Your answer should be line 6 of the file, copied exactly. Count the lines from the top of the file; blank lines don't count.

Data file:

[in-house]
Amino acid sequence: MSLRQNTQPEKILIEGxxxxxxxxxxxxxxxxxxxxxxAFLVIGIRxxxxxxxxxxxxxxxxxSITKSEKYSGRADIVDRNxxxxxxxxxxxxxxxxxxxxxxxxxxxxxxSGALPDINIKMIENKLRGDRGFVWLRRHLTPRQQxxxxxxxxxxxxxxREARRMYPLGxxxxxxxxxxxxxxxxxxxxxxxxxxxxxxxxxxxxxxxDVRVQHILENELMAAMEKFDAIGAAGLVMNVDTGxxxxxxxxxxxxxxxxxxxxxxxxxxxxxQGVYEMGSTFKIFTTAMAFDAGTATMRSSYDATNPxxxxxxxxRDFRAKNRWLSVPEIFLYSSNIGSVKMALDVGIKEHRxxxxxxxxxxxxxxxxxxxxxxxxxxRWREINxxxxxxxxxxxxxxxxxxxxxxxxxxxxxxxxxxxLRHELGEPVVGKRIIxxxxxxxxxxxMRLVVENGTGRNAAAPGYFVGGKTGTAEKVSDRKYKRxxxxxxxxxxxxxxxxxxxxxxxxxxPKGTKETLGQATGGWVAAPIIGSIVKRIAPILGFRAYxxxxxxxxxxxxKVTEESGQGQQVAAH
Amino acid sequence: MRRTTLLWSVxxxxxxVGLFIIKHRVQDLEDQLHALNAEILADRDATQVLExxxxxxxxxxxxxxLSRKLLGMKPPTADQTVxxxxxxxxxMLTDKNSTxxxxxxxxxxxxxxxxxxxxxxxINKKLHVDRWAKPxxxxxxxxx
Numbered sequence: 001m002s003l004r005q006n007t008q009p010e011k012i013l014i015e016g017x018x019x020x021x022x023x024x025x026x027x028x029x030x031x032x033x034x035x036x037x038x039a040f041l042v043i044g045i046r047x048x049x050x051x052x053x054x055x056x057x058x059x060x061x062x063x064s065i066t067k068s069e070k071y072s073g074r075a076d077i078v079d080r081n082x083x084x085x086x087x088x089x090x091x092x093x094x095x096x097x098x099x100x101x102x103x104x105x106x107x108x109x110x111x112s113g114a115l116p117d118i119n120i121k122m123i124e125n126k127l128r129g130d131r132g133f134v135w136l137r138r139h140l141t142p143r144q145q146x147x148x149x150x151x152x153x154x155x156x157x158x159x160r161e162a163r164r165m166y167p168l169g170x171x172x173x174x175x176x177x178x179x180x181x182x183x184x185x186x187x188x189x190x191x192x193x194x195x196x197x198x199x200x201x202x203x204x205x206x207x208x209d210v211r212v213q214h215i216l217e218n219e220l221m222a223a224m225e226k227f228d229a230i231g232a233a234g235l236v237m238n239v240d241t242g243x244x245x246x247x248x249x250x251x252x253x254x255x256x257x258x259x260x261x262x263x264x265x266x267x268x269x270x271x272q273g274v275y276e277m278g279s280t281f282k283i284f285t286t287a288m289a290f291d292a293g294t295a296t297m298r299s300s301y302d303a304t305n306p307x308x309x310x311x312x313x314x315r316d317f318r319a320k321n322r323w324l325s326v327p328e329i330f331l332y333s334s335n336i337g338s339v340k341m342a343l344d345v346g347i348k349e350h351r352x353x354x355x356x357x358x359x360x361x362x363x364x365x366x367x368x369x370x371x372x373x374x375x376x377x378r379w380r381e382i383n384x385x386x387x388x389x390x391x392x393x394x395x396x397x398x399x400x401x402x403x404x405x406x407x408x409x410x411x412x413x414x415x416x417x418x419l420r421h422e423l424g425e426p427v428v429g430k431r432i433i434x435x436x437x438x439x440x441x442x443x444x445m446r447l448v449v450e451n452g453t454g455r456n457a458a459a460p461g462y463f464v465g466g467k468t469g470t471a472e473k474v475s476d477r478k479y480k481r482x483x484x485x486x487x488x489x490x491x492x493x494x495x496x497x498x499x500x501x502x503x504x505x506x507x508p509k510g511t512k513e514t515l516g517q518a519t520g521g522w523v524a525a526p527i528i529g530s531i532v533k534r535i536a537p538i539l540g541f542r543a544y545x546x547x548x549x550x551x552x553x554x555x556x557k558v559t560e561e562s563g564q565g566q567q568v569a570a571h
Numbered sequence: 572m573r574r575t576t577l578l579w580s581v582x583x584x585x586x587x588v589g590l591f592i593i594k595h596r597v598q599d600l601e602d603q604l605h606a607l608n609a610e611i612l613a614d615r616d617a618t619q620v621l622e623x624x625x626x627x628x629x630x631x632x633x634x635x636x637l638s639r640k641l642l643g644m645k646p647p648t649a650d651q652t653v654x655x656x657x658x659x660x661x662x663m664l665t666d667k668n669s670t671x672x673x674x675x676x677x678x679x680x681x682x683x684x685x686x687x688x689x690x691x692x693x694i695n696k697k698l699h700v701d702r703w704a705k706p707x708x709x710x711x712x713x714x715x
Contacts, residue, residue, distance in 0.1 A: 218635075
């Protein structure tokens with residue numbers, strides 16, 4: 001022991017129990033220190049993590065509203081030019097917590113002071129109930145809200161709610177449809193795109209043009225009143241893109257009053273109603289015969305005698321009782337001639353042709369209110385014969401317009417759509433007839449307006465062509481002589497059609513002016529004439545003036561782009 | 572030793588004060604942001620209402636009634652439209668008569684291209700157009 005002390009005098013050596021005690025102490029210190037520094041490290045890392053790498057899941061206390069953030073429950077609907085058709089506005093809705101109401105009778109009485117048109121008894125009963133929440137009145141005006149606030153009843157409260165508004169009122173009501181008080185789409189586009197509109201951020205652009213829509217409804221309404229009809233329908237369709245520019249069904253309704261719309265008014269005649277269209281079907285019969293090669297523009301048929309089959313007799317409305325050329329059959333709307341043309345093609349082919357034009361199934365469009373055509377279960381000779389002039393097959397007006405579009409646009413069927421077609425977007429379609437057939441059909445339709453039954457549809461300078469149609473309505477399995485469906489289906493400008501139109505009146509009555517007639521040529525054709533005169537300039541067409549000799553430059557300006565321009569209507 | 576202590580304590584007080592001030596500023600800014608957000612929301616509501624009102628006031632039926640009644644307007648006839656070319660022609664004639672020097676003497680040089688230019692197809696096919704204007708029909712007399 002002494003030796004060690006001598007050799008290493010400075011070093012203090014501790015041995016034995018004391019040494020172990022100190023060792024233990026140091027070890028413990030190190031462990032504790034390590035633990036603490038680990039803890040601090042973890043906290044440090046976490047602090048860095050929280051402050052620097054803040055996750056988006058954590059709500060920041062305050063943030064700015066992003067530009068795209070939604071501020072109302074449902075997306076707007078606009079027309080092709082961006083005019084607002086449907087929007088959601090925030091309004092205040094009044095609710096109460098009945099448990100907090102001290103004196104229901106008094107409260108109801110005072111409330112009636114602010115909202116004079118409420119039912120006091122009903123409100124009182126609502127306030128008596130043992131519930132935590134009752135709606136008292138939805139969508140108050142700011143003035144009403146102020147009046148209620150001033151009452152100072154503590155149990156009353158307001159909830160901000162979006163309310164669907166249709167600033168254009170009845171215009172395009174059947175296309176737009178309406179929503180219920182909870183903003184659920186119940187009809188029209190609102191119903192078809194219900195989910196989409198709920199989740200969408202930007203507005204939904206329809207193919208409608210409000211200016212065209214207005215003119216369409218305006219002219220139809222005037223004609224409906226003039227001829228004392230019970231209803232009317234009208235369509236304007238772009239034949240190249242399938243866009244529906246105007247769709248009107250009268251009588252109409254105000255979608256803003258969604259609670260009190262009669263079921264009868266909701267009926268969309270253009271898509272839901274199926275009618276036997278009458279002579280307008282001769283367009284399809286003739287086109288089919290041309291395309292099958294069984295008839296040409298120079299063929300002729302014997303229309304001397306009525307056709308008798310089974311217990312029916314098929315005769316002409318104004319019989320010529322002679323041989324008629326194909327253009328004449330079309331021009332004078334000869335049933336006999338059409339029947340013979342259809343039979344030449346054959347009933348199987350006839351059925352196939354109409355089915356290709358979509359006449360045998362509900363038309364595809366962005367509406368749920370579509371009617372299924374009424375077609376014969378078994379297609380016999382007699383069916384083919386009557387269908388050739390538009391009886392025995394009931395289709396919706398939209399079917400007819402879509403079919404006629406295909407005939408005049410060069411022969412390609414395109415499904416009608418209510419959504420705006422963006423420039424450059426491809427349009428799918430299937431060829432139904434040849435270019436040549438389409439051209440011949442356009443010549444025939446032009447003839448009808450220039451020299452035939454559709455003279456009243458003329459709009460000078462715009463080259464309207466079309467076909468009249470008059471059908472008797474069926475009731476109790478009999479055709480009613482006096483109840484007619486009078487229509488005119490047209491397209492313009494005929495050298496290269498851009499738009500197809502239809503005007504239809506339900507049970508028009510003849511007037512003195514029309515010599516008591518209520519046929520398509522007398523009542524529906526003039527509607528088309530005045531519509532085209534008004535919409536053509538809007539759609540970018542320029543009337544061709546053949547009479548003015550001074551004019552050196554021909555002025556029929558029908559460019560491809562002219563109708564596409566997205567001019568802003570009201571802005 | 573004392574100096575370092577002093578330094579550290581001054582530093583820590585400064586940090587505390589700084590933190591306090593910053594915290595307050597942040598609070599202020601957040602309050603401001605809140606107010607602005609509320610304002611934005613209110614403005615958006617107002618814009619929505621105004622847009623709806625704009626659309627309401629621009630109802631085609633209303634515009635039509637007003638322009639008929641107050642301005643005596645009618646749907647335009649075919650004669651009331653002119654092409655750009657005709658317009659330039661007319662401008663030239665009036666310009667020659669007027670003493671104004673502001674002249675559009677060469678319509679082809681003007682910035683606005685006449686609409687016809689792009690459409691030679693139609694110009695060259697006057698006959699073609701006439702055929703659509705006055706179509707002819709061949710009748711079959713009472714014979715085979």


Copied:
Contacts, residue, residue, distance in 0.1 A: 218635075